Date of Award
Master of Science
Christian A. Meissner
The negation effect refers to the cognitive detriment associated with correctly saying “no” (a negation), compared to correctly saying “yes” (an affirmation). A recent study has shown this detriment for item memory following the negation of a feature of an item (Mayo, Schul, & Rosenthal, 2014). This research examines the replicability of the negation effect using the original paradigm, as well as an adapted list-learning paradigm. Participants studied a set of objects and were then asked questions about features of objects that elicited “yes” or “no” responses. After a filler task, participants completed a final memory test during which they indicated whether a given object label was present or not present during the study phase.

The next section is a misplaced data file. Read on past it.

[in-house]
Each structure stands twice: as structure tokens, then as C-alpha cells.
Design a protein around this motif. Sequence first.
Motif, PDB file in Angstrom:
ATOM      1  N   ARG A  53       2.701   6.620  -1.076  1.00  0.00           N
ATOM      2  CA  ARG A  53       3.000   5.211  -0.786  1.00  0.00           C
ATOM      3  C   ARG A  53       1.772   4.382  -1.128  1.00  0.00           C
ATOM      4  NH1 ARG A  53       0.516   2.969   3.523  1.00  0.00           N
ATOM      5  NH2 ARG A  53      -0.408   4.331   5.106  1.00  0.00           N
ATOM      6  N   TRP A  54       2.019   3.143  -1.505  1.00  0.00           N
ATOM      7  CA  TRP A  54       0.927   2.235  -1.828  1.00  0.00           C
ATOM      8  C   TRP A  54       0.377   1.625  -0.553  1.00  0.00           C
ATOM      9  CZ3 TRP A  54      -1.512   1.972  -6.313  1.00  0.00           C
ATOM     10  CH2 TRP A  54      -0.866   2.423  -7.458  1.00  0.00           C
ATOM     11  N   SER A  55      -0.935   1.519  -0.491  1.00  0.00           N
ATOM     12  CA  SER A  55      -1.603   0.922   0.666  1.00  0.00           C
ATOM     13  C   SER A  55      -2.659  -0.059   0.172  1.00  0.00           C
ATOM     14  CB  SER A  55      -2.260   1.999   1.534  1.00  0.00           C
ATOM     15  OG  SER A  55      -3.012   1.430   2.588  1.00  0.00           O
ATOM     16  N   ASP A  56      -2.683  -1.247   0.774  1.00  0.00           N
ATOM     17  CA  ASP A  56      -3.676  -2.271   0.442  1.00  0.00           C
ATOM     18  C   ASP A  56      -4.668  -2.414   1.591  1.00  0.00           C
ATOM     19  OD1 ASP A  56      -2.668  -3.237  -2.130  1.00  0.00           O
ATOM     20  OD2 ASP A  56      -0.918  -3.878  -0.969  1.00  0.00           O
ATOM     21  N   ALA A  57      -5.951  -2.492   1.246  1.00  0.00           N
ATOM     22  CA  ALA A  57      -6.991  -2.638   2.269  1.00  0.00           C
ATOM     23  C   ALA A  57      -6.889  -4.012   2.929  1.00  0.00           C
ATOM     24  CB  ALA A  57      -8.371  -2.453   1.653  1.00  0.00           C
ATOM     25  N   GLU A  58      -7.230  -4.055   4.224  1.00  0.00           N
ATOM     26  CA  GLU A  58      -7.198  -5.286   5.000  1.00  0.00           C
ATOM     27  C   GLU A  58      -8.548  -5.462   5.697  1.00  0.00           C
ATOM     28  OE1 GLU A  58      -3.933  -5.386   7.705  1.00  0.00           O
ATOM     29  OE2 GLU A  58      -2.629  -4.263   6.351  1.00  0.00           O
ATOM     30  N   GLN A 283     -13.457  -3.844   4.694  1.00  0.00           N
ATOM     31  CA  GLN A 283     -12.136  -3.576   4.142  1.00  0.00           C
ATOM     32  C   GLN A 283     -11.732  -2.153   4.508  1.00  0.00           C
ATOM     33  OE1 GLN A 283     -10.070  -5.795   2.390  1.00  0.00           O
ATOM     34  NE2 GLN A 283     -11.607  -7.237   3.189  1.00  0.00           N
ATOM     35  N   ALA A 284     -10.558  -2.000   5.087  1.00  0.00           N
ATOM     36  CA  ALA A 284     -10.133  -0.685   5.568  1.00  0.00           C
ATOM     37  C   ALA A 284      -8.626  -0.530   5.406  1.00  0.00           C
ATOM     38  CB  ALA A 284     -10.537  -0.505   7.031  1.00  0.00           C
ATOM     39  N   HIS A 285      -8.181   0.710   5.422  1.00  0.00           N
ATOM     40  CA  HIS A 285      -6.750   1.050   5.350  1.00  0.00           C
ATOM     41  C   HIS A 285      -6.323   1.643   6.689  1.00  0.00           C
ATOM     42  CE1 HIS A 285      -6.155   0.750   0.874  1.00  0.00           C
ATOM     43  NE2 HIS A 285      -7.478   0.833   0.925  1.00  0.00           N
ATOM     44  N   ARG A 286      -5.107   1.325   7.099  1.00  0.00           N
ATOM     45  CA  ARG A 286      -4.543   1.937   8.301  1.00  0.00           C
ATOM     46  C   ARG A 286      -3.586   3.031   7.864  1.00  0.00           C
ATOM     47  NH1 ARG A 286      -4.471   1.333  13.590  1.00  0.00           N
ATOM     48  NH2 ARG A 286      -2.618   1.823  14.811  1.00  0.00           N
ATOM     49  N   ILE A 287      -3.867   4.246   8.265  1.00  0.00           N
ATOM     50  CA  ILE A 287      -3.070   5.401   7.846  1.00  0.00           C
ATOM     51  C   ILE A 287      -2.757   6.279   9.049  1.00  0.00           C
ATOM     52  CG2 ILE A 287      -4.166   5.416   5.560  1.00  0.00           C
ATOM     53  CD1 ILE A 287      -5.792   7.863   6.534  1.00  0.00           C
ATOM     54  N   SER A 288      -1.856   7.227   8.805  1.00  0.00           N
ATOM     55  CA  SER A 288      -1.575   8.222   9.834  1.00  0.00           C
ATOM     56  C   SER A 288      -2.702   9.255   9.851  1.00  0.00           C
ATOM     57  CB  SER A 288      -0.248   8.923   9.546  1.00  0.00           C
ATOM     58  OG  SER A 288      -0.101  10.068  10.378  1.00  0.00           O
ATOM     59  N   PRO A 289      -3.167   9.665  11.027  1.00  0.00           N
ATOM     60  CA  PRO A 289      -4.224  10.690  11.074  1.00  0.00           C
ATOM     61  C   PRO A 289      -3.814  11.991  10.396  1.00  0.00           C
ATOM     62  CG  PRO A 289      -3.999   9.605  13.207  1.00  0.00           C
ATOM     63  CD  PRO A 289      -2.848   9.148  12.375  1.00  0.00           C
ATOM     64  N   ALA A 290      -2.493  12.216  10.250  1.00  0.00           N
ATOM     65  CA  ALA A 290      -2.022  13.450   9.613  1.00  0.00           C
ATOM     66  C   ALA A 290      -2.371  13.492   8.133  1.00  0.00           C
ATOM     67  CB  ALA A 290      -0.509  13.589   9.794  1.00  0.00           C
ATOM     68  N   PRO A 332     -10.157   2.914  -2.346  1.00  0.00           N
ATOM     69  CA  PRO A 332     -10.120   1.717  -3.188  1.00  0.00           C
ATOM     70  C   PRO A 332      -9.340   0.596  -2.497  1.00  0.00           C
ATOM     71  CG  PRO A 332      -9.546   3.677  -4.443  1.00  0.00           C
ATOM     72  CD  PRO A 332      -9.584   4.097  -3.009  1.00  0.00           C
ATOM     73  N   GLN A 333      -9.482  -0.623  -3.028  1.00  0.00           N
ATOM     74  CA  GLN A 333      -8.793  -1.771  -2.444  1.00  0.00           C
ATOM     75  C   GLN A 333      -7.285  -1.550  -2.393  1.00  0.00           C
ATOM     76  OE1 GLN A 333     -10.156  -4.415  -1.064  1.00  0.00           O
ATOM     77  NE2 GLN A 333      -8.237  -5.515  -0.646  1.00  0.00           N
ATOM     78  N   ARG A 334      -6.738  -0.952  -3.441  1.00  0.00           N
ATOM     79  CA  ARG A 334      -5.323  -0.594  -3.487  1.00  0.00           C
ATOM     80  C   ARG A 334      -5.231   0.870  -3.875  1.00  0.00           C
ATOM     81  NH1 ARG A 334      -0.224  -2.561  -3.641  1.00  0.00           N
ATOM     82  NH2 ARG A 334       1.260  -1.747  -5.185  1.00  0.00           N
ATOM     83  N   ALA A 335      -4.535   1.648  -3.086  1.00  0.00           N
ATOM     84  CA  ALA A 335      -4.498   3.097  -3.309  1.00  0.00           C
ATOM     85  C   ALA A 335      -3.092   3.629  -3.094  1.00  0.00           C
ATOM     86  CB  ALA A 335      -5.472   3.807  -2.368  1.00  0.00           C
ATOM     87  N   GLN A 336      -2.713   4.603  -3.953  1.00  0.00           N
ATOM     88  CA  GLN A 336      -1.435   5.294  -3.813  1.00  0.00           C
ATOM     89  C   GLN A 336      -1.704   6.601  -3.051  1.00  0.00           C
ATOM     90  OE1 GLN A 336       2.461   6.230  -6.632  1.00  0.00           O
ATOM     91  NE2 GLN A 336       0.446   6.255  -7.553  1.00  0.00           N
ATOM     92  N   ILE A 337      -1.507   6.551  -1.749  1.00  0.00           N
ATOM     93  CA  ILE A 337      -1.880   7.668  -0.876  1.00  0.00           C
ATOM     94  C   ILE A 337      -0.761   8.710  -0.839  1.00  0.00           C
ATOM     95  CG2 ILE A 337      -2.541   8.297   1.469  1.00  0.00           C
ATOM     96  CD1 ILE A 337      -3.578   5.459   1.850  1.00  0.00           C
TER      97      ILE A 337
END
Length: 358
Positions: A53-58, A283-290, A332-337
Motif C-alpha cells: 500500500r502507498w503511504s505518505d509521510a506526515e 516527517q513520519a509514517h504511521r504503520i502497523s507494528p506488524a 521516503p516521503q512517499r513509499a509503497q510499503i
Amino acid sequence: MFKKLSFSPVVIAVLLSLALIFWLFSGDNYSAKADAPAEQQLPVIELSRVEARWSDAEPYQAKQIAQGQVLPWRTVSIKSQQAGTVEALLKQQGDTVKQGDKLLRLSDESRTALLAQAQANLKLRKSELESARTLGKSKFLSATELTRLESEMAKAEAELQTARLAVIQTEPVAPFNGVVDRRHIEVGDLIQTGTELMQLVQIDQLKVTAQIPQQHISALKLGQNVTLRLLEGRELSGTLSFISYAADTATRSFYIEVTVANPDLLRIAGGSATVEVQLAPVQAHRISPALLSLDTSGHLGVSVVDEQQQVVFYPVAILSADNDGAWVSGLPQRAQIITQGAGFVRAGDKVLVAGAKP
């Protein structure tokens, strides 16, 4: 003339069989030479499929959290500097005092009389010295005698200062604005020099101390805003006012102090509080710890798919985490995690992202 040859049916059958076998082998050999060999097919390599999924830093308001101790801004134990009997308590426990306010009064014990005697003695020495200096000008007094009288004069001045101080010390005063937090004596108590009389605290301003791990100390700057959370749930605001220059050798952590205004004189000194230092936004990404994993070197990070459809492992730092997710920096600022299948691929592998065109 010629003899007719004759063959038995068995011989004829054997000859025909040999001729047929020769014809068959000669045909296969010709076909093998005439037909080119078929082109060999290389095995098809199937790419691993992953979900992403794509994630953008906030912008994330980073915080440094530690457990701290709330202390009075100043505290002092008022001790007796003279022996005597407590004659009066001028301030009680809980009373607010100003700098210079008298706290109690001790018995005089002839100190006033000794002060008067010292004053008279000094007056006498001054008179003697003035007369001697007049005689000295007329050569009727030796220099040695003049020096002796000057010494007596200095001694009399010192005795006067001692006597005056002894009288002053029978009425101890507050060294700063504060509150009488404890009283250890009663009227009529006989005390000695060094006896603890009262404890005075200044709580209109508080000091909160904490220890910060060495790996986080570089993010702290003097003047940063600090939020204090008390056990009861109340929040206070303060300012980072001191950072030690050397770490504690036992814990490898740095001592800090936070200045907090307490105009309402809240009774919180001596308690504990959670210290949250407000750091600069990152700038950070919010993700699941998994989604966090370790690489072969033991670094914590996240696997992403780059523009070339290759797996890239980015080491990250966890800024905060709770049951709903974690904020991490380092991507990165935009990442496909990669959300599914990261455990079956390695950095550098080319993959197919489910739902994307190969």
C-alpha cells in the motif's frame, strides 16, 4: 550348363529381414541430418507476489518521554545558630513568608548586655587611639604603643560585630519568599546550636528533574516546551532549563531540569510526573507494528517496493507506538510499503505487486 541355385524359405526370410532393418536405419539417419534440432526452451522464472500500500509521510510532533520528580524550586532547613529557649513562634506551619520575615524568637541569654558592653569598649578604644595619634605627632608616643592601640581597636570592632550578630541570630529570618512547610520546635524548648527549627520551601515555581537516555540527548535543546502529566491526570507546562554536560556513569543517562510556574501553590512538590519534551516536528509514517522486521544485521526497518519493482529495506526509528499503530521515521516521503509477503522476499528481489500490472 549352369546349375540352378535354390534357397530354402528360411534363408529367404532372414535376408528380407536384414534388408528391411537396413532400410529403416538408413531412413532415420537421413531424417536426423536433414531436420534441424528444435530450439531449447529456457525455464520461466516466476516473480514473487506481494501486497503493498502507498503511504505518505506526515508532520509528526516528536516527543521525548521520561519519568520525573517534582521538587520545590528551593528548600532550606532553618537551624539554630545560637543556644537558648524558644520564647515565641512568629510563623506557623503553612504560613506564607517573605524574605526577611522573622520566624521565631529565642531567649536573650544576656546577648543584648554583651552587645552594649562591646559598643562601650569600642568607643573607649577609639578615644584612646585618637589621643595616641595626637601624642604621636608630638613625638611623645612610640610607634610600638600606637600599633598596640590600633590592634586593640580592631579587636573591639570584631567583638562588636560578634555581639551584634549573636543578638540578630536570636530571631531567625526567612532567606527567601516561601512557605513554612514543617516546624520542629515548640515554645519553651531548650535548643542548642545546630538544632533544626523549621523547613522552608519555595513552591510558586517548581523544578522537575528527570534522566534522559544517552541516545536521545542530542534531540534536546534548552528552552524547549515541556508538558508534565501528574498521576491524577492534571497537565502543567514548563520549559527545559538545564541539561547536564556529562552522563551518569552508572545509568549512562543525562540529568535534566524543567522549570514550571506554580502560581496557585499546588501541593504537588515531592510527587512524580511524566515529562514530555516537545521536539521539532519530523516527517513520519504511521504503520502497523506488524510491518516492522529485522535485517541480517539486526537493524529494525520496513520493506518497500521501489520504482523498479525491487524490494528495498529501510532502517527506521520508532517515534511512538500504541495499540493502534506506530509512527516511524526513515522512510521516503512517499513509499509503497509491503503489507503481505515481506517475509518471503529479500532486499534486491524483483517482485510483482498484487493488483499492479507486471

Experiment 1 failed to conceptually replicate the negation-induced forgetting effect present in Mayo et al. (2014) using a list-learning paradigm. Experiment 2 was a pre-registered replication, and the negation effect was successfully replicated using the original stimulus and test materials from Mayo et al. (2014). Experiment 3 successfully replicated the negation effect using a list-learning paradigm, and found that the magnitude of the negation effect is influenced by the number of alternatives suggested by a feature statement.
Rachel Elizabeth Dianiska
Dianiska, Rachel Elizabeth, "Negation-induced forgetting: Is there a consequence to saying "no"?" (2017). Graduate Theses and Dissertations. 15293.